The oldest sample, which was buried with a male warrior, was an anomaly. The jug found in that grave contained only traces of honey, suggesting that the occupant went to his grave with a jar of unadulterated mead. Because the warrior had well-crafted weapons in his tomb, he was likely of high status. Pure mead was probably a drink for the elite, because honey was expensive and scarce, the researchers reported online Dec. 23 in the Danish Journal of Archaeology. [Raise your Glass: 10 Intoxicating Beer Facts]

Delicious brew

The grog was likely a high-class beverage, McGovern said. In the 1920s, archaeologists uncovered a remarkably well-preserved burial of a young blond woman in Denmark. Dubbed "Egtved Girl" (pronounced "eckt-VED"), the corpse was buried wearing a wool string skirt with a bucket of grog at her feet. The young woman's clothes and ornaments suggest that she was a priestess who likely danced in religious ceremonies, McGovern said.

In other graves, wine-serving kits imported from southern Europe are also associated with women, McGovern said.

"That gives the impression that the women were the ones who would make the beverages in antiquity, and they were the ones that would serve it to the warriors," he said.

The imported wine strainer cups and traces of grape wine, which was only produced in southern Europe, suggest a robust trade network in this period, McGovern said. Northerners likely shipped Baltic amber southward in return for the wine and drinking utensils.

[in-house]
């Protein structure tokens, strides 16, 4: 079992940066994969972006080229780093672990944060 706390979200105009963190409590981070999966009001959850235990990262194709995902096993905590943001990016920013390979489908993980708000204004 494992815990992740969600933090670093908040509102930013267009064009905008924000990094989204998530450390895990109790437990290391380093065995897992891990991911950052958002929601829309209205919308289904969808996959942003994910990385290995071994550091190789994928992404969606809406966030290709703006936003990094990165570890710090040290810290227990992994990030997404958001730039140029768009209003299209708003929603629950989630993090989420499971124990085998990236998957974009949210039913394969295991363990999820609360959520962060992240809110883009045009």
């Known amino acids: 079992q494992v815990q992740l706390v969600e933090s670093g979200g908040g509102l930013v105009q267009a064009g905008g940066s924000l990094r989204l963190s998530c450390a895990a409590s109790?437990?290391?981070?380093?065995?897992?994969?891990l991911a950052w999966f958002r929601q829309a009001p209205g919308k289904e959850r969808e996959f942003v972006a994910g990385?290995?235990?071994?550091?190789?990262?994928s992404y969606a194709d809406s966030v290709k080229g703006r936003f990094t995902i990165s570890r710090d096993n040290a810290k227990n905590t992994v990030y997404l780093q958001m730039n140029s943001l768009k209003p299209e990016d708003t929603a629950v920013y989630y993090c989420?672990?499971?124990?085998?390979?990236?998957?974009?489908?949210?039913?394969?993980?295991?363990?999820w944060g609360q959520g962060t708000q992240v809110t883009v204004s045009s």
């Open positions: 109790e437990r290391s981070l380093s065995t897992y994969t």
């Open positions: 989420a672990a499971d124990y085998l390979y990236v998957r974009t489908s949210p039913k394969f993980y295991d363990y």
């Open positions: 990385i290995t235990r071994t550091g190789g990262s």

With the help of archaeologist Patrick McGovern, Dogfish Head Craft Brewery recreated the Nordic grog, dubbing it Kvasir after a mytholigcal wise man. The woman on the label wears Egtved Girl's outfit. (Image credit: Dogfish Head Craft Brewery)

With McGovern's help, Dogfish Head recreated the Nordic grog in October 2013, using wheat, berries, honey and herbs. The only difference was that Dogfish Head's brew contains a few hops, the bittering agents used in most modern beers. Hops weren't used in beers in Europe until the 1500s.

Dogfish Head's grog is called Kvasir, a name that hints at its roots. In Nordic legend, Kvasir was a wise man created by gods spitting into a jar. Two dwarfs later murdered Kvasir and mixed his blood with honey, creating a beverage that was said to confer wisdom and poetry onto the drinker.

The grog tastes sour, like a Belgian lambic, McGovern said. But there are other options available to those who want a taste of Bronze Age Europe. The Swedish brewery Nynäshamns Ångbryggeri created another version of grog called Arketyp, and it is available at state liquor stores in Sweden. And on the Swedish island of Gotland, locals still brew a mixture of barley, honey, juniper and herbs that tastes much like what their ancient ancestors drank.

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Stephanie Pappas
Live Science Contributor

Stephanie Pappas is a contributing writer for Live Science, covering topics ranging from geoscience to archaeology to the human brain and behavior. She was previously a senior writer for Live Science but is now a freelancer based in Denver, Colorado, and regularly contributes to Scientific American and The Monitor, the monthly magazine of the American Psychological Association. Stephanie received a bachelor's degree in psychology from the University of South Carolina and a graduate certificate in science communication from the University of California, Santa Cruz.